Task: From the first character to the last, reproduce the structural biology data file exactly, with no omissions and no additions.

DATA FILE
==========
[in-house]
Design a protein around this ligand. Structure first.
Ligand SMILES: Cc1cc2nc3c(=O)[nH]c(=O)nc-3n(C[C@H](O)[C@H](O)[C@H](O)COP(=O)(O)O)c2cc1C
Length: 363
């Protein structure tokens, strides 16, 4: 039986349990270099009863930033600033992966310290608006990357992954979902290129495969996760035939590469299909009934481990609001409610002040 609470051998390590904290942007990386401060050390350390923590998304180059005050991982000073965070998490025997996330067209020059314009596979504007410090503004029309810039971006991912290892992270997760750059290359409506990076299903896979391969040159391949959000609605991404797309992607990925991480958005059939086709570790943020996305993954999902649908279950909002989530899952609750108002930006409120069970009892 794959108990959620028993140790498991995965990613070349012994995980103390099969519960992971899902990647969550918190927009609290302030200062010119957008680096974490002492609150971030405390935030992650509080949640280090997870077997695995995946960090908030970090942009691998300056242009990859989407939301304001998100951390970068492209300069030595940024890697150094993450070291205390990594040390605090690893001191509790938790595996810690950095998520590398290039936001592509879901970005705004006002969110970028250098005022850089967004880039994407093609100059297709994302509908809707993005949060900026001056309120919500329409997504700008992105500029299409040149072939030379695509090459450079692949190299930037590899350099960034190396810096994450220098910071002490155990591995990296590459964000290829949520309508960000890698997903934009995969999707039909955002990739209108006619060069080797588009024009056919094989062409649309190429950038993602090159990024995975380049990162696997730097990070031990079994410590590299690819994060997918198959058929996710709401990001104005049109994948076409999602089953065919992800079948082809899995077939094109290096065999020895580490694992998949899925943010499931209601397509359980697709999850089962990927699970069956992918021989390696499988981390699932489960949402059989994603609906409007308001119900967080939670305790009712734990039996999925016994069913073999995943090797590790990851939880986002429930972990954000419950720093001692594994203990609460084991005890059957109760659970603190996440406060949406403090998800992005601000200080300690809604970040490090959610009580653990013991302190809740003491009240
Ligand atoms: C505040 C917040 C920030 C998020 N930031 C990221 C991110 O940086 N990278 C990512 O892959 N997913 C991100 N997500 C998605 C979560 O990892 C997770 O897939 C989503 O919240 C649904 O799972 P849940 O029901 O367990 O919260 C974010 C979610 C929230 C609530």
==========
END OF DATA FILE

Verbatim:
[in-house]
Design a protein around this ligand. Structure first.
Ligand SMILES: Cc1cc2nc3c(=O)[nH]c(=O)nc-3n(C[C@H](O)[C@H](O)[C@H](O)COP(=O)(O)O)c2cc1C
Length: 363
């Protein structure tokens, strides 16, 4: 039986349990270099009863930033600033992966310290608006990357992954979902290129495969996760035939590469299909009934481990609001409610002040 609470051998390590904290942007990386401060050390350390923590998304180059005050991982000073965070998490025997996330067209020059314009596979504007410090503004029309810039971006991912290892992270997760750059290359409506990076299903896979391969040159391949959000609605991404797309992607990925991480958005059939086709570790943020996305993954999902649908279950909002989530899952609750108002930006409120069970009892 794959108990959620028993140790498991995965990613070349012994995980103390099969519960992971899902990647969550918190927009609290302030200062010119957008680096974490002492609150971030405390935030992650509080949640280090997870077997695995995946960090908030970090942009691998300056242009990859989407939301304001998100951390970068492209300069030595940024890697150094993450070291205390990594040390605090690893001191509790938790595996810690950095998520590398290039936001592509879901970005705004006002969110970028250098005022850089967004880039994407093609100059297709994302509908809707993005949060900026001056309120919500329409997504700008992105500029299409040149072939030379695509090459450079692949190299930037590899350099960034190396810096994450220098910071002490155990591995990296590459964000290829949520309508960000890698997903934009995969999707039909955002990739209108006619060069080797588009024009056919094989062409649309190429950038993602090159990024995975380049990162696997730097990070031990079994410590590299690819994060997918198959058929996710709401990001104005049109994948076409999602089953065919992800079948082809899995077939094109290096065999020895580490694992998949899925943010499931209601397509359980697709999850089962990927699970069956992918021989390696499988981390699932489960949402059989994603609906409007308001119900967080939670305790009712734990039996999925016994069913073999995943090797590790990851939880986002429930972990954000419950720093001692594994203990609460084991005890059957109760659970603190996440406060949406403090998800992005601000200080300690809604970040490090959610009580653990013991302190809740003491009240
Ligand atoms: C505040 C917040 C920030 C998020 N930031 C990221 C991110 O940086 N990278 C990512 O892959 N997913 C991100 N997500 C998605 C979560 O990892 C997770 O897939 C989503 O919240 C649904 O799972 P849940 O029901 O367990 O919260 C974010 C979610 C929230 C609530």